Sofia wrote:My basic argument is that you can possess inalienable rights, rights which are born and die with you, which you may be prevented from practicing. But your right to life, freedom and self-determination cannot be morally denied--though they may be legally denied.
A worthwhile distinction. But where do those inalienable rights come from?
Your humanity. Your creator. Your wiring. Your innate, inborn drive. Whatever made you human. Just like babies ALL cry for comfort, food, the necessities of life from birth. Our first uninstructed, unintelligible voices are a demand. The Terrible Twos are our next step toward self-determination. ALL human children make a stand for independence around the same age. No one told them their rights. They come from within. There are other stages in life when people step up the challenge to determine for themselves. Because, instinctively, we know we have a right to fight for our lives, to live free and to choose our paths.Sofia wrote:This infuriated masses of people last time, and I don't want to wreck the thread...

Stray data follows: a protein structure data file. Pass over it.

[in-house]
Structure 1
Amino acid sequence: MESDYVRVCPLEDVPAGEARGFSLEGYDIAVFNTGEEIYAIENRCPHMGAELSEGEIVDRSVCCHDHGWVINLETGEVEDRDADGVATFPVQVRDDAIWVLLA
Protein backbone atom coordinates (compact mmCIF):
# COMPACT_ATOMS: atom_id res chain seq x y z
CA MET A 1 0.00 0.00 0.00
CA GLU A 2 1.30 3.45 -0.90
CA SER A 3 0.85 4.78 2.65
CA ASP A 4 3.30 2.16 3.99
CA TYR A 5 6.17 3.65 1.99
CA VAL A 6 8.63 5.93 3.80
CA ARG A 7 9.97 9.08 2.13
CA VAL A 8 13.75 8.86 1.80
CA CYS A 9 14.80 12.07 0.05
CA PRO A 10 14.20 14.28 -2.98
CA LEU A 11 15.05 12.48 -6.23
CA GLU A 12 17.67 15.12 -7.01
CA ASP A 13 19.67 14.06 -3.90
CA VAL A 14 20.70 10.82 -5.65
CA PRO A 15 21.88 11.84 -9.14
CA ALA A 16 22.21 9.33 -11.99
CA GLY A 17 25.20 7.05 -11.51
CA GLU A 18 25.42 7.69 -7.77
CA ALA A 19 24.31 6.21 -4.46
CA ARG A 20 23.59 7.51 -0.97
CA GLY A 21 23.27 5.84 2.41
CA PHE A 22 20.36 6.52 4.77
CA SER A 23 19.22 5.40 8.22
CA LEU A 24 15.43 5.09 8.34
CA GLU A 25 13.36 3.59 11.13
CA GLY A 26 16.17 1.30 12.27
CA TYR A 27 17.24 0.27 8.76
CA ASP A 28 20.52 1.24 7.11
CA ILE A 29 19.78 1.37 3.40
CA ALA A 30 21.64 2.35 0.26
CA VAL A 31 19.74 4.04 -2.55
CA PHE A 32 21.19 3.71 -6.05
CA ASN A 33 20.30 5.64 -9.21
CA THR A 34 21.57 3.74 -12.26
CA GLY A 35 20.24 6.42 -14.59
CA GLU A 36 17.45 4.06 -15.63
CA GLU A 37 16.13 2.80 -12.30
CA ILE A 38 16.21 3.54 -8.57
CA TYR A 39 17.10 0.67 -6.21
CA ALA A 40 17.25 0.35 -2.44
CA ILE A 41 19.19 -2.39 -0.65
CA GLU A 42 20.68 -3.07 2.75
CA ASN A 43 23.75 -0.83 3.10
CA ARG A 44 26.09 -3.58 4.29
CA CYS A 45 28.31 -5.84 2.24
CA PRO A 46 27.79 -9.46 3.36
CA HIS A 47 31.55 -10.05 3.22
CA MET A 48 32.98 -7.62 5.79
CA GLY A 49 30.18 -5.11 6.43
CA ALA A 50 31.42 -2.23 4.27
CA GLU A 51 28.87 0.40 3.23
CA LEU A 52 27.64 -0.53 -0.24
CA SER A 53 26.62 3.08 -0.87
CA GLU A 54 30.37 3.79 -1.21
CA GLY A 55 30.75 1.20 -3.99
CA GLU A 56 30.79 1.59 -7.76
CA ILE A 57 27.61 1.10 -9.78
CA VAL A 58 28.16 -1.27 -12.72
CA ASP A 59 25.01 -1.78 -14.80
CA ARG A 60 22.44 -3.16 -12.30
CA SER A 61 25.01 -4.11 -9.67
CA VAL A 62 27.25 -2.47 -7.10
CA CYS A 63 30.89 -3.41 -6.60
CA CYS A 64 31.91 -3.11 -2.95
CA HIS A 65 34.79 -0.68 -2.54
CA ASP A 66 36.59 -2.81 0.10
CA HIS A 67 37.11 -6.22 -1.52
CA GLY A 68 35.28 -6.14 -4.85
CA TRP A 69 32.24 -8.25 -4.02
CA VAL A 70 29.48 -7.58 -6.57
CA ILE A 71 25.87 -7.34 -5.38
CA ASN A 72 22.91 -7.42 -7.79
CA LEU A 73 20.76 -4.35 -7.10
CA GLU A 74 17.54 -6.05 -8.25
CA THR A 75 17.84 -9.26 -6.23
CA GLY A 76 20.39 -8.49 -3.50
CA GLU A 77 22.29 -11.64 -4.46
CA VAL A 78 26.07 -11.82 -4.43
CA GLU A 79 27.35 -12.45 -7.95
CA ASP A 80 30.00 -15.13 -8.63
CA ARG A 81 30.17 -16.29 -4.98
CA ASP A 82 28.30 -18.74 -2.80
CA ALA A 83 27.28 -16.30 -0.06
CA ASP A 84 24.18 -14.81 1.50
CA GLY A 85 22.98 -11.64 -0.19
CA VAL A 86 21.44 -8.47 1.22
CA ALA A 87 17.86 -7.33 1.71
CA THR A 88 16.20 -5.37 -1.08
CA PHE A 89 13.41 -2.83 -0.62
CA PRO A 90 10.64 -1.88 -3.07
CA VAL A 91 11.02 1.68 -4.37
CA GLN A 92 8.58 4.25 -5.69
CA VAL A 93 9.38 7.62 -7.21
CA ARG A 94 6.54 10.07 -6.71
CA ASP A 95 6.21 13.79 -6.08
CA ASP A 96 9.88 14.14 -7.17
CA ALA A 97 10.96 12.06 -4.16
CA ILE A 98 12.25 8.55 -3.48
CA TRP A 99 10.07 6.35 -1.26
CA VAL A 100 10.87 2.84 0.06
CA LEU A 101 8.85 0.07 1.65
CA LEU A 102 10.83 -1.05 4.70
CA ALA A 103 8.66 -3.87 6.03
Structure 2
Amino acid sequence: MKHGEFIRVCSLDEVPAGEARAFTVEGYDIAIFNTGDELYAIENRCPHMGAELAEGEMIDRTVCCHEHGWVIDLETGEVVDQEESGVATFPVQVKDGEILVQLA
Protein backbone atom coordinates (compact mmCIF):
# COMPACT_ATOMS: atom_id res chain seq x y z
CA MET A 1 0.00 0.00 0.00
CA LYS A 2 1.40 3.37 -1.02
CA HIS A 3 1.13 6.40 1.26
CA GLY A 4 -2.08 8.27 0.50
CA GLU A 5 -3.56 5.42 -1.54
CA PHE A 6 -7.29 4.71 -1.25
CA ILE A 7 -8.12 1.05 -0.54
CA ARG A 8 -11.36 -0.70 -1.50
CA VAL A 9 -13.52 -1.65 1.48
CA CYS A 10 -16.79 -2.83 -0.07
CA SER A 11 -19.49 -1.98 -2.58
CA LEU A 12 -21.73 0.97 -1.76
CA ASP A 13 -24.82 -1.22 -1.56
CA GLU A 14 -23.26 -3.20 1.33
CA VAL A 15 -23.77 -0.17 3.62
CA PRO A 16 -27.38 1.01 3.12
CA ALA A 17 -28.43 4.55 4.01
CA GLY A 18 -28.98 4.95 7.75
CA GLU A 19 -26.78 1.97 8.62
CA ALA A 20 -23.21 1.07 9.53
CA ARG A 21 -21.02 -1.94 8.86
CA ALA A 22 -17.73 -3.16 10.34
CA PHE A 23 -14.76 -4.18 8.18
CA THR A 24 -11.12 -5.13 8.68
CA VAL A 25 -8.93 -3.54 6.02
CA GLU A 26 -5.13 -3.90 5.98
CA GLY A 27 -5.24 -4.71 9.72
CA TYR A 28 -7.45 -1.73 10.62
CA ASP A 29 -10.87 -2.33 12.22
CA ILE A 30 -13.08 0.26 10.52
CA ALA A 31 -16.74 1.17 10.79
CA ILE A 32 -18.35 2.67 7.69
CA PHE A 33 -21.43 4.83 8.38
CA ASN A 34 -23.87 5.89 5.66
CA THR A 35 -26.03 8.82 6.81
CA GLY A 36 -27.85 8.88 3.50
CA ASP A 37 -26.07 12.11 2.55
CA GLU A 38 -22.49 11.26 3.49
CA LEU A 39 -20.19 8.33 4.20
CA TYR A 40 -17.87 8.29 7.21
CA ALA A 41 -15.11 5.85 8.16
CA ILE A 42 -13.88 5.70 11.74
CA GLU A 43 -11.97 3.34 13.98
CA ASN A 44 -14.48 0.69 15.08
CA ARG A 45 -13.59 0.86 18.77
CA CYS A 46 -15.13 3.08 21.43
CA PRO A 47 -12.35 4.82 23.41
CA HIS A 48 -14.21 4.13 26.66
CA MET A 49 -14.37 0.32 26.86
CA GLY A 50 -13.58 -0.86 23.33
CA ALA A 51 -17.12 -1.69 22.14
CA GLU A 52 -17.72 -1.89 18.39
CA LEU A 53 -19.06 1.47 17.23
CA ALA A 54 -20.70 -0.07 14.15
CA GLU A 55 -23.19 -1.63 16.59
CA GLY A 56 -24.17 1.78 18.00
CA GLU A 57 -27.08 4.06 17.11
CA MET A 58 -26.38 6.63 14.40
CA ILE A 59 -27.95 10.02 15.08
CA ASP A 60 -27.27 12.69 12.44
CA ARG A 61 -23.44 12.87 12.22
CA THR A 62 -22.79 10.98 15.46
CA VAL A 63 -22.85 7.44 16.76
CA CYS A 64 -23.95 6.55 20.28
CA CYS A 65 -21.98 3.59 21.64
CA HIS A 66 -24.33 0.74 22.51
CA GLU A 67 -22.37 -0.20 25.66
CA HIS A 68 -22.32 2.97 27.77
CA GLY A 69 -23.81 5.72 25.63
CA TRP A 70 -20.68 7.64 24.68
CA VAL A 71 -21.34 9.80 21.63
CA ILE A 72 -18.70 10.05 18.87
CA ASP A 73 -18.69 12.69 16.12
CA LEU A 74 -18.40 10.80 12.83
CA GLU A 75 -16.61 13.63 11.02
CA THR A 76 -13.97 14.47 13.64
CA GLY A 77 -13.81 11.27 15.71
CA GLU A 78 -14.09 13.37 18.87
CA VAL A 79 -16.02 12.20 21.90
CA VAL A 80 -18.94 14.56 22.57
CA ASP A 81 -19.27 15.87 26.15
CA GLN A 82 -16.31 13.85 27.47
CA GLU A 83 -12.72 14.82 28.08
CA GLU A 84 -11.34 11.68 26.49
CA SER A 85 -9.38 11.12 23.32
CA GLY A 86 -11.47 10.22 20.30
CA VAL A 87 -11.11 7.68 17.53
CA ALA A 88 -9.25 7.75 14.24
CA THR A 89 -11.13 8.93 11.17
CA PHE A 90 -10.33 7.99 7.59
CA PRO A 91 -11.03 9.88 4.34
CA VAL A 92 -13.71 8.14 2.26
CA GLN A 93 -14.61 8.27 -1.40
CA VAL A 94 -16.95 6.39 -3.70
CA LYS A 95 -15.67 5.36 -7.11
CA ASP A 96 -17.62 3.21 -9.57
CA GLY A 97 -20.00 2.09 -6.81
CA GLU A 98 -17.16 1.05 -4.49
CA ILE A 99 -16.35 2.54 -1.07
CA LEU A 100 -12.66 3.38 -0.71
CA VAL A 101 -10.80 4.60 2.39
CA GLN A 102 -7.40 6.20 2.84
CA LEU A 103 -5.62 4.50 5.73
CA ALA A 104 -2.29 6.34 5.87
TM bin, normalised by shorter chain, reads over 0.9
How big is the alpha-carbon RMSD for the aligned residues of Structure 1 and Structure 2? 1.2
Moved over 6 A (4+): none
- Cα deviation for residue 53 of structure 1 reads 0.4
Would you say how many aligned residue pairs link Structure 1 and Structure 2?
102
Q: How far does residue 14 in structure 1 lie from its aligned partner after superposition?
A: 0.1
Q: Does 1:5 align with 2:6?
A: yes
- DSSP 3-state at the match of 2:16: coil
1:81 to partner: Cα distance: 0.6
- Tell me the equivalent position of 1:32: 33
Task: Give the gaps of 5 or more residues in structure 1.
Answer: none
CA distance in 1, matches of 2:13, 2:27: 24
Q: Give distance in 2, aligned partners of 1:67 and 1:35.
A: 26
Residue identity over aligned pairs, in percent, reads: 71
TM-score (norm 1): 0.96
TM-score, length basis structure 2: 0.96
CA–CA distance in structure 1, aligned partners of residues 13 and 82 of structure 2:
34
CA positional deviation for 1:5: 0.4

Oh, go ahead. What's the worst that can happen?
Stand by... :wink:
.........But where do those inalienable rights come from?......
.......The founding document states, I think, ..."we recognise" these rights....not "we create" them.......
All Men are endowed with certain unalienable Rights; among these are Life, Liberty and the Pursuit of Happiness.
Why was slavery wrong?
Well, Sophia/Lash Goth/Lash, the Declaration be damned . . . according to the Constitution, them boys and girls was only 60% people . . .
Sofia wrote:Why was slavery wrong?
No one answered me...
How do we instinctively know slavery is wrong without giving credence to inalienable rights?
Lash wrote:How do we instinctively know slavery is wrong without giving credence to inalienable rights?
There certainly are ways of arguing that slavery is wrong without resorting to a defense of inalienable rights. A utilitarian, for instance, would argue that slavery is wrong because it is disutile, and wouldn't rest that position on inalienable rights (for utilitarians, there really are no such things).